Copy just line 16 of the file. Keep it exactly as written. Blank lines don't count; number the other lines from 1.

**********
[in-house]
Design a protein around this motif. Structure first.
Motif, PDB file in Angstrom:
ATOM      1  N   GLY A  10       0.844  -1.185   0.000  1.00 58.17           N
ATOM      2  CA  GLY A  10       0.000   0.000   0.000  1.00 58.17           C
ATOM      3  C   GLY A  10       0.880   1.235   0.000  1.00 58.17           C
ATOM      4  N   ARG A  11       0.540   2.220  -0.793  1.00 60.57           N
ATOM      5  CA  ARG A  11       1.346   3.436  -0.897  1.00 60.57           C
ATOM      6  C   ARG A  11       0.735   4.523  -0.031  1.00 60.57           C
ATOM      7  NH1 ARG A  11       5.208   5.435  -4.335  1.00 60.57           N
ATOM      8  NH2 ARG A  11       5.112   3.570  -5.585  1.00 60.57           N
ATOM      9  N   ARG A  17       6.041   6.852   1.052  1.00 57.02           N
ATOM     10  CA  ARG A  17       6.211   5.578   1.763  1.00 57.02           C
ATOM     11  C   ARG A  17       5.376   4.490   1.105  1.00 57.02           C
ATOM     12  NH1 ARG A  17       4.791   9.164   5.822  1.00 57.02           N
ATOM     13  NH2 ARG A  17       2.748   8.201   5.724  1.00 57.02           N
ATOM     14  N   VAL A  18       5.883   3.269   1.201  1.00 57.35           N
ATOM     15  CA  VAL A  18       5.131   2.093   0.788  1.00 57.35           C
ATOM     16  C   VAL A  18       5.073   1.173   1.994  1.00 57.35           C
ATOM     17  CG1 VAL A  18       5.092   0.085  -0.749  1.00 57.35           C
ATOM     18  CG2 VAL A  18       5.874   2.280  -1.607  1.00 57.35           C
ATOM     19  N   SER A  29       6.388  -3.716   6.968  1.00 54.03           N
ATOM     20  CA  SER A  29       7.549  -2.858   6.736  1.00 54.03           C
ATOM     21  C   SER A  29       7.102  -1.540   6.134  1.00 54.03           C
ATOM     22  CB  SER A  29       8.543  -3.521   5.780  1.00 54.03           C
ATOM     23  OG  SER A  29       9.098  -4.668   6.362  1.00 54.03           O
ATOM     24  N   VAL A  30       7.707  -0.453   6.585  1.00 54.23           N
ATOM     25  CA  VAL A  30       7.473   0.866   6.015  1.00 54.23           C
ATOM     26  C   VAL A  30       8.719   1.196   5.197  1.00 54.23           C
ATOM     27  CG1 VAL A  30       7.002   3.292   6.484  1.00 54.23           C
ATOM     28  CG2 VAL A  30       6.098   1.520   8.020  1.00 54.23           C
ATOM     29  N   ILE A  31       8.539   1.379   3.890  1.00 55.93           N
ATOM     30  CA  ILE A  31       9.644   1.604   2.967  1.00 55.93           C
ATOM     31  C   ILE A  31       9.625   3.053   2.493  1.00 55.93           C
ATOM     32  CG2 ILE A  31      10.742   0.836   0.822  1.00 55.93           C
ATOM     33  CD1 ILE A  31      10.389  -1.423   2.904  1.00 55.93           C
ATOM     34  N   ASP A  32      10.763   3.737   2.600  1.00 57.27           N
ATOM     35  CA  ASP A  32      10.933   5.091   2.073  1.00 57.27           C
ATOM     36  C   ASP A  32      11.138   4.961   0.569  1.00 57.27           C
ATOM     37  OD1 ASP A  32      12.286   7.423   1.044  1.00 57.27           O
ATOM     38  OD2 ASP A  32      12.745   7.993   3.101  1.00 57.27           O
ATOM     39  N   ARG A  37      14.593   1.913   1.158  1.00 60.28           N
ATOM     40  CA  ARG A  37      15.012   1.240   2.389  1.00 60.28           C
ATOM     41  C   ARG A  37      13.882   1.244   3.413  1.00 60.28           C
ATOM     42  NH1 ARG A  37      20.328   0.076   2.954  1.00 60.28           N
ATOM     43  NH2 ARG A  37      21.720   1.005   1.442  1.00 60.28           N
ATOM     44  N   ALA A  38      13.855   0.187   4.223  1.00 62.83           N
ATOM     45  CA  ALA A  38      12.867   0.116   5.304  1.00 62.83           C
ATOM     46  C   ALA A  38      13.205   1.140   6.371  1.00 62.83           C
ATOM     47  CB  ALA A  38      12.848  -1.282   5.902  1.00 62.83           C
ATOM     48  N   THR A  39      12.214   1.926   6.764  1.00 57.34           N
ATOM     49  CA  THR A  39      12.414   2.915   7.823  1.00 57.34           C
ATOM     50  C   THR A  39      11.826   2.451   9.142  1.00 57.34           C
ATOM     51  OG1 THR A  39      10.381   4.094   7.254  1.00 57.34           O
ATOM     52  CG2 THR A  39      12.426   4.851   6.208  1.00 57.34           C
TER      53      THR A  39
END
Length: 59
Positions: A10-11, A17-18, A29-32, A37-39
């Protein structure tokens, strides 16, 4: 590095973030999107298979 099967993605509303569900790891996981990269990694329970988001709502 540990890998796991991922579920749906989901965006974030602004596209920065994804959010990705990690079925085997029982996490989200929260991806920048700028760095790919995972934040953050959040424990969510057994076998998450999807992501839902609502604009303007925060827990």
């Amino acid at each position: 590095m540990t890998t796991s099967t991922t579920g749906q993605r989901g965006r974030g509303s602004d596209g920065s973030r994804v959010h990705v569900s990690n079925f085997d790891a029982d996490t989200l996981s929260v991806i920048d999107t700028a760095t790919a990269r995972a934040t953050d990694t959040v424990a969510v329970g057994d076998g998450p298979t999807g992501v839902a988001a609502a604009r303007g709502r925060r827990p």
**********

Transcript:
ATOM     13  NH2 ARG A  17       2.748   8.201   5.724  1.00 57.02           N